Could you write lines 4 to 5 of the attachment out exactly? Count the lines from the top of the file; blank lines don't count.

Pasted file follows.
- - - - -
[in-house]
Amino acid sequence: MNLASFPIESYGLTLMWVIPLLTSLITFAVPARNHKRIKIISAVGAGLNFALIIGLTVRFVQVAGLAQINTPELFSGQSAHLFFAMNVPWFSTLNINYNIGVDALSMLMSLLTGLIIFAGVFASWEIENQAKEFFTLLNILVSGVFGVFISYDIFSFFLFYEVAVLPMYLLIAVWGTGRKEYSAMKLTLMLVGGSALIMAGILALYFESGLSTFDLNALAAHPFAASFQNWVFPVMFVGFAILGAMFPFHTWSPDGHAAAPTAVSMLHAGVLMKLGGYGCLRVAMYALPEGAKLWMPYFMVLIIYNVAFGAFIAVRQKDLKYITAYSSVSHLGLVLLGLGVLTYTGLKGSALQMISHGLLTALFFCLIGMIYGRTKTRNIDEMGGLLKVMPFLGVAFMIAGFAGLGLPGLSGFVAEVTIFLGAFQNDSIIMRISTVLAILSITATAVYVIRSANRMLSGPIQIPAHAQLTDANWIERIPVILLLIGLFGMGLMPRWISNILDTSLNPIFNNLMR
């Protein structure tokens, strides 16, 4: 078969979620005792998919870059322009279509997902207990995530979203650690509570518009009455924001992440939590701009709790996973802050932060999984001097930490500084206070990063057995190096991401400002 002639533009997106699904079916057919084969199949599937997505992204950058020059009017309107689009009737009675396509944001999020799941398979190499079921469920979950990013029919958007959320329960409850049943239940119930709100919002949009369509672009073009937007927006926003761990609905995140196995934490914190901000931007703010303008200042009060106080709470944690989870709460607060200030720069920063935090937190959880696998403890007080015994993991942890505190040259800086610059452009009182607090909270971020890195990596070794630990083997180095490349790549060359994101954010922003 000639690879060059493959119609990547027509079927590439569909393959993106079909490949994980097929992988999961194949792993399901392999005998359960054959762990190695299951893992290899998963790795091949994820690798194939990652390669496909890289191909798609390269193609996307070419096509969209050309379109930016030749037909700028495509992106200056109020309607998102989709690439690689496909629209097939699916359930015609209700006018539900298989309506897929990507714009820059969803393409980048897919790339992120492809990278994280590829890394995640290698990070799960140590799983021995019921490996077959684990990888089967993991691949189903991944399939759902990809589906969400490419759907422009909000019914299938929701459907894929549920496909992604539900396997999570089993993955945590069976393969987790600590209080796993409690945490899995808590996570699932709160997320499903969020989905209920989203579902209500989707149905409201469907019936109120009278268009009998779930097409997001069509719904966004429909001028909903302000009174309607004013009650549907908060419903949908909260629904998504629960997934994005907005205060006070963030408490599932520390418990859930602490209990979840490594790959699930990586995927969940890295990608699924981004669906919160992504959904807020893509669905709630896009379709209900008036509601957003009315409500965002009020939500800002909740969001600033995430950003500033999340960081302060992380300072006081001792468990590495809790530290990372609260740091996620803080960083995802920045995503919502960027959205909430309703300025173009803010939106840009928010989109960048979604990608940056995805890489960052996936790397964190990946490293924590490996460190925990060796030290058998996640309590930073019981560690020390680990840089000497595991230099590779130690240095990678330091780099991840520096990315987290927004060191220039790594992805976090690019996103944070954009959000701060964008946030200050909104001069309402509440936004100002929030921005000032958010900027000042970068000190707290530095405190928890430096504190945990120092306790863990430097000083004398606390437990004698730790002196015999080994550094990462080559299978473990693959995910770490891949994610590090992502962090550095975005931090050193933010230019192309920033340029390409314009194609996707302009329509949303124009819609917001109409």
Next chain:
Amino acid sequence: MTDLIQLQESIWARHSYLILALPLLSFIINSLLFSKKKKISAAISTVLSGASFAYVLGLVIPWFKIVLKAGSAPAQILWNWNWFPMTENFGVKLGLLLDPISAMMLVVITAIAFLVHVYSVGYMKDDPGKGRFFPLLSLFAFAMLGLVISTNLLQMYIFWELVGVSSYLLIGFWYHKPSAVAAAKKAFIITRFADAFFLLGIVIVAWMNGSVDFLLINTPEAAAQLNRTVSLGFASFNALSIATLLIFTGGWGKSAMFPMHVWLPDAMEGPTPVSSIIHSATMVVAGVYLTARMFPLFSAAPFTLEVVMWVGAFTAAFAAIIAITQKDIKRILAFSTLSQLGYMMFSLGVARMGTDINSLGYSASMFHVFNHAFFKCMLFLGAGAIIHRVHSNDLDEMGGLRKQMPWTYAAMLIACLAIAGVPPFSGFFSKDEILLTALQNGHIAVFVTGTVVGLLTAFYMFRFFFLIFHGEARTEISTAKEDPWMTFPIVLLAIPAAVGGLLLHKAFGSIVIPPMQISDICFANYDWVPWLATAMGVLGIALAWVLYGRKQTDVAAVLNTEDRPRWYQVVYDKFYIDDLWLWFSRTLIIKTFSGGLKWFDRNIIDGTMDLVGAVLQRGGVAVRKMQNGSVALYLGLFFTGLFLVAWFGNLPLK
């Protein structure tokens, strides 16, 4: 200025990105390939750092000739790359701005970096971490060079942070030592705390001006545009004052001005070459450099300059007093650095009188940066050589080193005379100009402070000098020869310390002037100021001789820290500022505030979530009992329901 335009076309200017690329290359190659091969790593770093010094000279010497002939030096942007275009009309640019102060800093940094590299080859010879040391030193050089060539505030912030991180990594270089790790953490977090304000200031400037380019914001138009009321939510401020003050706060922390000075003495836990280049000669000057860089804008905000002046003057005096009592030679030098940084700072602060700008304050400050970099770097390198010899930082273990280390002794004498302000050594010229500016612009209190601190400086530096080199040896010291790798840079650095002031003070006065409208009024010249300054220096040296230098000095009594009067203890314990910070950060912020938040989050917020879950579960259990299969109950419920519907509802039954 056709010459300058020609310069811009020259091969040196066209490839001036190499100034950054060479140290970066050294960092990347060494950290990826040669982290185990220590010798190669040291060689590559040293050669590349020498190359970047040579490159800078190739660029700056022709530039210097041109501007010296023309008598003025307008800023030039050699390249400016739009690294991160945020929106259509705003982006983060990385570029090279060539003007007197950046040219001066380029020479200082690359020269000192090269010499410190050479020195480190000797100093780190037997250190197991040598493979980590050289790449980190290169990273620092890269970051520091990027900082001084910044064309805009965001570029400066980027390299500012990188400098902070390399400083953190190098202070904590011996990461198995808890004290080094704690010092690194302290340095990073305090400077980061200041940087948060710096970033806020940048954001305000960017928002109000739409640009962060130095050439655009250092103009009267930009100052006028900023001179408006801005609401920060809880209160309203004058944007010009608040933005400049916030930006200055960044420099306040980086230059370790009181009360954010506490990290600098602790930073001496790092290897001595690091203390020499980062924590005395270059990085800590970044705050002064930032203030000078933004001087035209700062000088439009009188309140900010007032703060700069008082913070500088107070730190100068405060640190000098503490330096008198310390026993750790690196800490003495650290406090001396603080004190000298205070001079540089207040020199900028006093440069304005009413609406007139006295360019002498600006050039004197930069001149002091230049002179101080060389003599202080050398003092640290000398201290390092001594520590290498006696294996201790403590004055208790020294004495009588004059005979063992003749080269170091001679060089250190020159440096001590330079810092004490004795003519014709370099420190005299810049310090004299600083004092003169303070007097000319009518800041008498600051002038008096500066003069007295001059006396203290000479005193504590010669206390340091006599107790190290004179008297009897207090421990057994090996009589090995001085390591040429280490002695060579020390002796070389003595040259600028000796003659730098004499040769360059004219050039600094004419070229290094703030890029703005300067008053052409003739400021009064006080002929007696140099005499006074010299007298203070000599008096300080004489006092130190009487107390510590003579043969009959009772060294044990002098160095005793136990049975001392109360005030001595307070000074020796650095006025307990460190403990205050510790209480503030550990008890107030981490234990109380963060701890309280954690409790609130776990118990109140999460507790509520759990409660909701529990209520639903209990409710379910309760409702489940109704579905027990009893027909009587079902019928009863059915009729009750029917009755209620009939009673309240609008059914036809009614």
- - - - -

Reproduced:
Next chain:
Amino acid sequence: MTDLIQLQESIWARHSYLILALPLLSFIINSLLFSKKKKISAAISTVLSGASFAYVLGLVIPWFKIVLKAGSAPAQILWNWNWFPMTENFGVKLGLLLDPISAMMLVVITAIAFLVHVYSVGYMKDDPGKGRFFPLLSLFAFAMLGLVISTNLLQMYIFWELVGVSSYLLIGFWYHKPSAVAAAKKAFIITRFADAFFLLGIVIVAWMNGSVDFLLINTPEAAAQLNRTVSLGFASFNALSIATLLIFTGGWGKSAMFPMHVWLPDAMEGPTPVSSIIHSATMVVAGVYLTARMFPLFSAAPFTLEVVMWVGAFTAAFAAIIAITQKDIKRILAFSTLSQLGYMMFSLGVARMGTDINSLGYSASMFHVFNHAFFKCMLFLGAGAIIHRVHSNDLDEMGGLRKQMPWTYAAMLIACLAIAGVPPFSGFFSKDEILLTALQNGHIAVFVTGTVVGLLTAFYMFRFFFLIFHGEARTEISTAKEDPWMTFPIVLLAIPAAVGGLLLHKAFGSIVIPPMQISDICFANYDWVPWLATAMGVLGIALAWVLYGRKQTDVAAVLNTEDRPRWYQVVYDKFYIDDLWLWFSRTLIIKTFSGGLKWFDRNIIDGTMDLVGAVLQRGGVAVRKMQNGSVALYLGLFFTGLFLVAWFGNLPLK